Why to use IaC
IaC delivers few measurable benefits to any service business: cost reduction, faster execution and mitigation of risks.
Reduce Cost associated with the overhead required to execute toil activity. Engineers refocus their effort towards feature development and other business valuable activities. By coding the entire operation environment, the team accomplishes automated and repeatable processes.
Increase Speed of iteration cycles. It shortens deployment time but also provides feature visibility to other teams and stakeholders. Usage of IaC unlocks an opportunity to release software at any point in time. For example, Instagram deploys backend code 30 - 50 times a day.
Mitigate Risks of violating robustness/reliability, security or compliance. Humans are one of the factors of misconfigurations, lengthy downtime and any pitfalls during service maintenance.
IaC also resolves a few non-functional requirements, they simplify the ops part.
Version control attributes and records history of infrastructure changes that provides point in time recovery in a matter of minutes. Additionally, you expand normal software development practice to your infrastructure such as branching, tagging, reviewing, change approval, team collaboration and detailed audit trail for changes.
Often infrastructure components are untestable, or not immediately testable. Defects are discovered at runtime with a cost of downtime. The usage of general purpose programming languages improves testability. Usual practice of unit and integration testing is directly applicable to your infrastructure. Infrastructure assets are reused across test/live environments.
IaC is the primary tool to achieve immutable deployments that resolves aspects of availability and fault tolerance due to regression in software quality or configurations.
Disposability is an amazing property of software systems. Often, engineers use it with negative connotation. We do not need to spend resources to maintain the infrastructure when it is disposable. Ad-hoc provision (elasticity) is a positive side-effect of disposability, you spawn the infrastructure on-demand.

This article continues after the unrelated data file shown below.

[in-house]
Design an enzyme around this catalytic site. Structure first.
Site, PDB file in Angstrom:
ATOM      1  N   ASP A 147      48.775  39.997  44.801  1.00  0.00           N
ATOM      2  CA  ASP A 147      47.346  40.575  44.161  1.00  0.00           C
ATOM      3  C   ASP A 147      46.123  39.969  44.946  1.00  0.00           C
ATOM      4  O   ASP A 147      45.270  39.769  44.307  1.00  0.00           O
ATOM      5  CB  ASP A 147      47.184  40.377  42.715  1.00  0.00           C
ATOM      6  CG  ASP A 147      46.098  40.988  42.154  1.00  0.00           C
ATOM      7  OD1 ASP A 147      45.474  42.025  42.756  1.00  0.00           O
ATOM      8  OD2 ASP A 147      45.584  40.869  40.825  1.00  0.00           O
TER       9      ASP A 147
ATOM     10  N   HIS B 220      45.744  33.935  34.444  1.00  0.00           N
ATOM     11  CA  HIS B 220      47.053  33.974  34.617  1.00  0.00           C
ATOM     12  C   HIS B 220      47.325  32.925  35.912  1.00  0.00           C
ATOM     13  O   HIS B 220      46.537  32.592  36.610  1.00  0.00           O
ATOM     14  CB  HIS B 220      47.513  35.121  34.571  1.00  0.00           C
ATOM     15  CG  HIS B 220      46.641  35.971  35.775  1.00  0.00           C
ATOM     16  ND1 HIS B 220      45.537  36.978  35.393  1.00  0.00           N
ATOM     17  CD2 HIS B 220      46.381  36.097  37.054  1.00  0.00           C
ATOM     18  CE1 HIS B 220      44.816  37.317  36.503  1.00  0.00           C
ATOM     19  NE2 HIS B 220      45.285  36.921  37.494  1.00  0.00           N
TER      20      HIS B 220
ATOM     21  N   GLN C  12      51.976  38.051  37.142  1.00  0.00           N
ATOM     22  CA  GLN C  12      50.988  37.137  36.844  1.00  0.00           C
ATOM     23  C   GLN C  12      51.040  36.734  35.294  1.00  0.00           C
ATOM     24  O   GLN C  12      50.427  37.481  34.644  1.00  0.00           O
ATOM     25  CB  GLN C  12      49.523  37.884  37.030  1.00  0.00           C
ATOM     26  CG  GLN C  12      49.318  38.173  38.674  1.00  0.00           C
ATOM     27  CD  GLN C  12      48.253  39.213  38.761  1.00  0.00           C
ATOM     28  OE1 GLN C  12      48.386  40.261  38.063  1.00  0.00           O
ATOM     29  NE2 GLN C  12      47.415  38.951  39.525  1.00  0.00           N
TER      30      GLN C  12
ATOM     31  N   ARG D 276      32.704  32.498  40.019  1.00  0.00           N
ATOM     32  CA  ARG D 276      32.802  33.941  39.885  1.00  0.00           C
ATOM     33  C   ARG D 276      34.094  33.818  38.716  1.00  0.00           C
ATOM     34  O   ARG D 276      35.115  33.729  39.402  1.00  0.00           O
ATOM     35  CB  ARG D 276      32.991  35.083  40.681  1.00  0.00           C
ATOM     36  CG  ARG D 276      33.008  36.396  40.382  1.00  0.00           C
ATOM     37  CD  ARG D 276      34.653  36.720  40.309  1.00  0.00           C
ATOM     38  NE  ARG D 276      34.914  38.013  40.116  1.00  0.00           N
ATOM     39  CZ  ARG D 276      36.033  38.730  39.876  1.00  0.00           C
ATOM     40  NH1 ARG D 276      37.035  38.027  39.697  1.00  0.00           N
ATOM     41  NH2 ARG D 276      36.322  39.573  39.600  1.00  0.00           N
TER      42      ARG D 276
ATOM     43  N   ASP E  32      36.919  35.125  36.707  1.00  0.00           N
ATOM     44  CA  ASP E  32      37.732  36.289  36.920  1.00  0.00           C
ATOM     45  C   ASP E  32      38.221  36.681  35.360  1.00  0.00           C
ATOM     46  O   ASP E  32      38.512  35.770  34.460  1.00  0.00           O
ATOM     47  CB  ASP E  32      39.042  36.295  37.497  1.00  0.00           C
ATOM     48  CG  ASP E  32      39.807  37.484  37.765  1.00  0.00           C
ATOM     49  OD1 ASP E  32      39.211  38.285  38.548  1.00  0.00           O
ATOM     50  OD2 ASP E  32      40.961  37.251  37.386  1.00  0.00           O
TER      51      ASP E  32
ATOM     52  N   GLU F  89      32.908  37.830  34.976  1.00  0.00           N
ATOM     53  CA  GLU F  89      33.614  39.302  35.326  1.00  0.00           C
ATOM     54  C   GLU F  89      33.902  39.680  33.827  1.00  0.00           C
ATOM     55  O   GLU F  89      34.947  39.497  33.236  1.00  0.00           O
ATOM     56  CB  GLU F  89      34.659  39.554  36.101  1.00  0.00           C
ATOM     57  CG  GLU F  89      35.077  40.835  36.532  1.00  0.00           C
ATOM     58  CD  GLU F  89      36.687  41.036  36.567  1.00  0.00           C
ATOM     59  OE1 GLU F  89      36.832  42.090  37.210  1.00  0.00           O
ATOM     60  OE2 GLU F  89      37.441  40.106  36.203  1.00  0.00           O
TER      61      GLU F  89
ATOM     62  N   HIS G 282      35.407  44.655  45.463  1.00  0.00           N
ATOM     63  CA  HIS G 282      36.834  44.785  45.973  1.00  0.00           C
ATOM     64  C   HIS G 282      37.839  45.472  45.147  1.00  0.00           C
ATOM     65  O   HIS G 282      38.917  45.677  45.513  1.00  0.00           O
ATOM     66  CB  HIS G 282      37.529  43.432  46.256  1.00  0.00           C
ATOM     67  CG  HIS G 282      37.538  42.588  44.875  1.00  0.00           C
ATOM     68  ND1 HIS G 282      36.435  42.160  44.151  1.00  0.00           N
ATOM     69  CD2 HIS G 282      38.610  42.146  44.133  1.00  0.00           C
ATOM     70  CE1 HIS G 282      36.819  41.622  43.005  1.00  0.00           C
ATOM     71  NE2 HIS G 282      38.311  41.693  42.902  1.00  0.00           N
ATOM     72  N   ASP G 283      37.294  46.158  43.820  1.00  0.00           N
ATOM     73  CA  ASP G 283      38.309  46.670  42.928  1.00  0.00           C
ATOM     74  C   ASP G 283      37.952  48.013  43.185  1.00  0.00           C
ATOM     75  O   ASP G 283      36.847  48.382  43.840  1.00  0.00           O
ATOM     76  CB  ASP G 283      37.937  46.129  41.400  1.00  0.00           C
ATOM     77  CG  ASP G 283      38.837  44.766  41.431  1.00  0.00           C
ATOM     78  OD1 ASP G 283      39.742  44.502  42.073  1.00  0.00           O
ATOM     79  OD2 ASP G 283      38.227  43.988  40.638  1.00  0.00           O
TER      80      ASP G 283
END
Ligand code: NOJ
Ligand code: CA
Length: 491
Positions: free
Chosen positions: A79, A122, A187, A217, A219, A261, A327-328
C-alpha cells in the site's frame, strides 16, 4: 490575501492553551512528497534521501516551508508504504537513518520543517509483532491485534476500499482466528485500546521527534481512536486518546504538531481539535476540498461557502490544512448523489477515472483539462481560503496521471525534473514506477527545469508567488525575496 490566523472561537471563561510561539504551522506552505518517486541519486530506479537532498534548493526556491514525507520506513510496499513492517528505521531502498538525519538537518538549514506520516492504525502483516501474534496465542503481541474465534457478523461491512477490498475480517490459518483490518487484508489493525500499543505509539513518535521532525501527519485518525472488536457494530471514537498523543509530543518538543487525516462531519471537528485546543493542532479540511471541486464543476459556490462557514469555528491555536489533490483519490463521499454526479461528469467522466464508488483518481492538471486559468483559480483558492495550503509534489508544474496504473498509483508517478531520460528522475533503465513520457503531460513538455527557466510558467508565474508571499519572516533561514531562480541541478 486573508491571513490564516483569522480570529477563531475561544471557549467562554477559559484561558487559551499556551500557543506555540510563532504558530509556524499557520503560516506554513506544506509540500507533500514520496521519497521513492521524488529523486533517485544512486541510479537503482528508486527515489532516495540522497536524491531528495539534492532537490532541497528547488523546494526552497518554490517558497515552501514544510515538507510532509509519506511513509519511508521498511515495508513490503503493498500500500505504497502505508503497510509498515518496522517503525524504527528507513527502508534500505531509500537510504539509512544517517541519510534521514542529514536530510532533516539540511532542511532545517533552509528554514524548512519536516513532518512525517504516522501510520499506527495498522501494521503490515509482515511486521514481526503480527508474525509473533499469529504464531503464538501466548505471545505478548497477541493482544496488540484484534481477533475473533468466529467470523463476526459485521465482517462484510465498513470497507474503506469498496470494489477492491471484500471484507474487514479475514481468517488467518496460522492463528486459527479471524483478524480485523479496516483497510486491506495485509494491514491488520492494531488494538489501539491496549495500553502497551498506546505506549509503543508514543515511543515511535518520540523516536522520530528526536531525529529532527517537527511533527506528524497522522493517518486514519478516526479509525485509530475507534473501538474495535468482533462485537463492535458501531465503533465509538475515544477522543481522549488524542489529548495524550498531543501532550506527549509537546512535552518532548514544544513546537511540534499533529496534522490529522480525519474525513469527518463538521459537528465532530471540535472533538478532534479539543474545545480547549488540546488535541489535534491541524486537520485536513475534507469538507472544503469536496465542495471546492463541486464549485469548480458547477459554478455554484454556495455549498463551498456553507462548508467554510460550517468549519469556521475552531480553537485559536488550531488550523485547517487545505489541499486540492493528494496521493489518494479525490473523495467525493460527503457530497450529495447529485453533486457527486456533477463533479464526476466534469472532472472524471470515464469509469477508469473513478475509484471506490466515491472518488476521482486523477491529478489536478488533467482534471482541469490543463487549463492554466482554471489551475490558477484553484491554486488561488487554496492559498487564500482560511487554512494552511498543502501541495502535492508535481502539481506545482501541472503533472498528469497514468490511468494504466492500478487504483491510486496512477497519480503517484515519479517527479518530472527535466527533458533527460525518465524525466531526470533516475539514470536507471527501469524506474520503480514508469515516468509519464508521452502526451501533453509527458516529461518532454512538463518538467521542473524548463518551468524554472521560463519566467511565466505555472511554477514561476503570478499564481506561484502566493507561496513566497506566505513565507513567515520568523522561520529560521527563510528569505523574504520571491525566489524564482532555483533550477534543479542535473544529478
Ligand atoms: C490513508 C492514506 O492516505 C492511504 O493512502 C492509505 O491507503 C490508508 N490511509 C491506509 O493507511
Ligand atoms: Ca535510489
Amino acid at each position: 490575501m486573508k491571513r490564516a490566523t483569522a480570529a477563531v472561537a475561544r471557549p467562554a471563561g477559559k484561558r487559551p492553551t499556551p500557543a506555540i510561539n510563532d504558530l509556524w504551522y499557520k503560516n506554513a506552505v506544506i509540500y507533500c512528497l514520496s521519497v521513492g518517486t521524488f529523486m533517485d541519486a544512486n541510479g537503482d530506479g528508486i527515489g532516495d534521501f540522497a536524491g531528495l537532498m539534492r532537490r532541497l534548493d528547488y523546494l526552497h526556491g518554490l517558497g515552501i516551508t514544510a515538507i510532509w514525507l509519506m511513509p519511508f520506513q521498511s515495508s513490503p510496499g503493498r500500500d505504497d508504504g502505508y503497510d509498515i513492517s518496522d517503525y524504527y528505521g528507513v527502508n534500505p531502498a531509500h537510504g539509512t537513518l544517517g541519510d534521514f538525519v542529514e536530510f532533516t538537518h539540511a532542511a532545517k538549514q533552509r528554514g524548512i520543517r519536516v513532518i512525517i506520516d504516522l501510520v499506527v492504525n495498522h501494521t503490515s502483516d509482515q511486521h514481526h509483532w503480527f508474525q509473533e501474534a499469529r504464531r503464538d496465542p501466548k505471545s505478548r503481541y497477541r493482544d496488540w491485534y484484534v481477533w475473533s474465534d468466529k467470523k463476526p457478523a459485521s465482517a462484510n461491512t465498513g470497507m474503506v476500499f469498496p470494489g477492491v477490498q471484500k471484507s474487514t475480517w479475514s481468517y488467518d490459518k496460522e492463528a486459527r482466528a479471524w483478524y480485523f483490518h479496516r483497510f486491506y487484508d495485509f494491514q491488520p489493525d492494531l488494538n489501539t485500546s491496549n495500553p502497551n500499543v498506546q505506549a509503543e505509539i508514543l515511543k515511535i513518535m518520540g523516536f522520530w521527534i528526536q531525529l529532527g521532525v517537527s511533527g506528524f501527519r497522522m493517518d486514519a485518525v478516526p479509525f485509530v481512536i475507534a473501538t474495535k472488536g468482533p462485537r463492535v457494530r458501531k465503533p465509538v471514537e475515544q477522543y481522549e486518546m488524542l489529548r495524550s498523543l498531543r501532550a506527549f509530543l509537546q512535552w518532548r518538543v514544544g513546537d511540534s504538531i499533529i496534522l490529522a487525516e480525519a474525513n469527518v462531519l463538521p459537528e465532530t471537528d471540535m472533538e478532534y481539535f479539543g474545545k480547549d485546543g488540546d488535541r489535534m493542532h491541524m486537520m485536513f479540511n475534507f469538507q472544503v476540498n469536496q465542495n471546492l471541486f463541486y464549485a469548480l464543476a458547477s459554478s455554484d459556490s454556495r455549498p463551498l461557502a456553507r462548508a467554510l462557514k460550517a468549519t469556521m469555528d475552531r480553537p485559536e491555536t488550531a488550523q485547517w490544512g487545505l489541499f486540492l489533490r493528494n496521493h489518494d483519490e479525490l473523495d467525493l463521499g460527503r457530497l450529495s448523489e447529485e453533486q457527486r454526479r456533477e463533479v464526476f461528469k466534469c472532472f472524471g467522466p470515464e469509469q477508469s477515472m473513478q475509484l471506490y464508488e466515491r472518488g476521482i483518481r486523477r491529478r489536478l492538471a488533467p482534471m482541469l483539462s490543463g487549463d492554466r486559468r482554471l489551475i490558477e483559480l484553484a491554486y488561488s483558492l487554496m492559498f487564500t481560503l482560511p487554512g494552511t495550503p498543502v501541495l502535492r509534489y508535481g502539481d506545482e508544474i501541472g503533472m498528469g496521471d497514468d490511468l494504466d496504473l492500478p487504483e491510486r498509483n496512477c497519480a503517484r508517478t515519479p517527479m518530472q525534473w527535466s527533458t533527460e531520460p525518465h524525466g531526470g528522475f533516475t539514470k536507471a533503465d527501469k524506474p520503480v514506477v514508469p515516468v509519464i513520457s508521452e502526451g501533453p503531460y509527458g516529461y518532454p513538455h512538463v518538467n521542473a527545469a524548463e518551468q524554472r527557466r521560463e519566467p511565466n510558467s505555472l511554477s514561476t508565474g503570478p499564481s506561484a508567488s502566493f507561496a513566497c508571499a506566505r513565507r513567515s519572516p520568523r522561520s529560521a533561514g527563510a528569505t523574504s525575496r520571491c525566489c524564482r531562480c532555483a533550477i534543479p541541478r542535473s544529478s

IaC ensures reusability of infrastructure patterns. Once the infrastructure has been developed, it can be instantiated and reused countless times.
Immutable Deployment (Green/Blue) with AWS CDK
Continuous CI/CD defines team philosophy and commitment to ensuring that your code/service is always in a release-ready state. It is also an implementation of pipelines to deploy every commit to feature sandbox environment with following promotion to production. Continuous deployment comes with the possibility of continuous downtime. Live upgrades causes a risk of occasional outage. Continuous deployment goes hand-in-hand with a need for clustering, failover, and other high-availability infrastructure.
The immutable deployment is the solution for availability and fault tolerance due to software regression. Immutable deployment is the ability to apply changes by rebuilding service.
Never change your infrastructure and application configuration at running systems. Deploy a new copy as a parallel stack. IaC is a tool to achieve this.
As a result, you’ll get a “time machine” to rollback defective software in a matter of minutes. Another advantage is the ability to split traffic between parallel deployments for quality assurance. Finally, you’ll get rid of the staging environment for read-only services.
IaC imposes a higher cost at the beginning. The learning curve is smooth but knowledge about cloud technologies is required. For example, a basic understanding about AWS Compute/Storage Services and AWS Cloud Formation is required before jumping into AWS CDK development. The time investment is worth it. IaC delivers measurable benefits: cost reduction, faster execution and mitigation of risks. We are going to continue the discussion about IaC in forthcoming posts by explaining our experience with the technology.